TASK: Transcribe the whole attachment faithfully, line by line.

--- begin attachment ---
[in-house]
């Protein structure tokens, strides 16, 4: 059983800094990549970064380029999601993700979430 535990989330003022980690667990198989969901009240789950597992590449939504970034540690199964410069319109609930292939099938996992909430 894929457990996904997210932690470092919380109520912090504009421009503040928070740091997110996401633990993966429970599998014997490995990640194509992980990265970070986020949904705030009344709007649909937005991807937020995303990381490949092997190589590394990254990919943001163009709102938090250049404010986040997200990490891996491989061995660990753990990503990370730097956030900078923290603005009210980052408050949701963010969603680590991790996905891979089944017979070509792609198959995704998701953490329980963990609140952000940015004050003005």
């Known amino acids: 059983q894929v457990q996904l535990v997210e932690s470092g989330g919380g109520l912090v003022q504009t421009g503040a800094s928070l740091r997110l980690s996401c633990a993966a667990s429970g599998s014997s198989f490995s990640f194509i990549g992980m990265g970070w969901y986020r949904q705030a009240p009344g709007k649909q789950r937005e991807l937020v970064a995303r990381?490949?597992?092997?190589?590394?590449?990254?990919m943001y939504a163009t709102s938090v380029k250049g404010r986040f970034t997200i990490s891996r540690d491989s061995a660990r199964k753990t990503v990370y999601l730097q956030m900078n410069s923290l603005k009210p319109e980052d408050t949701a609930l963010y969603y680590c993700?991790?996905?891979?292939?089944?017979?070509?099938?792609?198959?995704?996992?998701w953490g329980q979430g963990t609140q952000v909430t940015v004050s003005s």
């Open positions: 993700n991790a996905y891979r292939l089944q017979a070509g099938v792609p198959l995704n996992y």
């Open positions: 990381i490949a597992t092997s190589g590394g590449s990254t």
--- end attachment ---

[in-house]
């Protein structure tokens, strides 16, 4: 059983800094990549970064380029999601993700979430 535990989330003022980690667990198989969901009240789950597992590449939504970034540690199964410069319109609930292939099938996992909430 894929457990996904997210932690470092919380109520912090504009421009503040928070740091997110996401633990993966429970599998014997490995990640194509992980990265970070986020949904705030009344709007649909937005991807937020995303990381490949092997190589590394990254990919943001163009709102938090250049404010986040997200990490891996491989061995660990753990990503990370730097956030900078923290603005009210980052408050949701963010969603680590991790996905891979089944017979070509792609198959995704998701953490329980963990609140952000940015004050003005």
């Known amino acids: 059983q894929v457990q996904l535990v997210e932690s470092g989330g919380g109520l912090v003022q504009t421009g503040a800094s928070l740091r997110l980690s996401c633990a993966a667990s429970g599998s014997s198989f490995s990640f194509i990549g992980m990265g970070w969901y986020r949904q705030a009240p009344g709007k649909q789950r937005e991807l937020v970064a995303r990381?490949?597992?092997?190589?590394?590449?990254?990919m943001y939504a163009t709102s938090v380029k250049g404010r986040f970034t997200i990490s891996r540690d491989s061995a660990r199964k753990t990503v990370y999601l730097q956030m900078n410069s923290l603005k009210p319109e980052d408050t949701a609930l963010y969603y680590c993700?991790?996905?891979?292939?089944?017979?070509?099938?792609?198959?995704?996992?998701w953490g329980q979430g963990t609140q952000v909430t940015v004050s003005s």
């Open positions: 993700n991790a996905y891979r292939l089944q017979a070509g099938v792609p198959l995704n996992y």
């Open positions: 990381i490949a597992t092997s190589g590394g590449s990254t």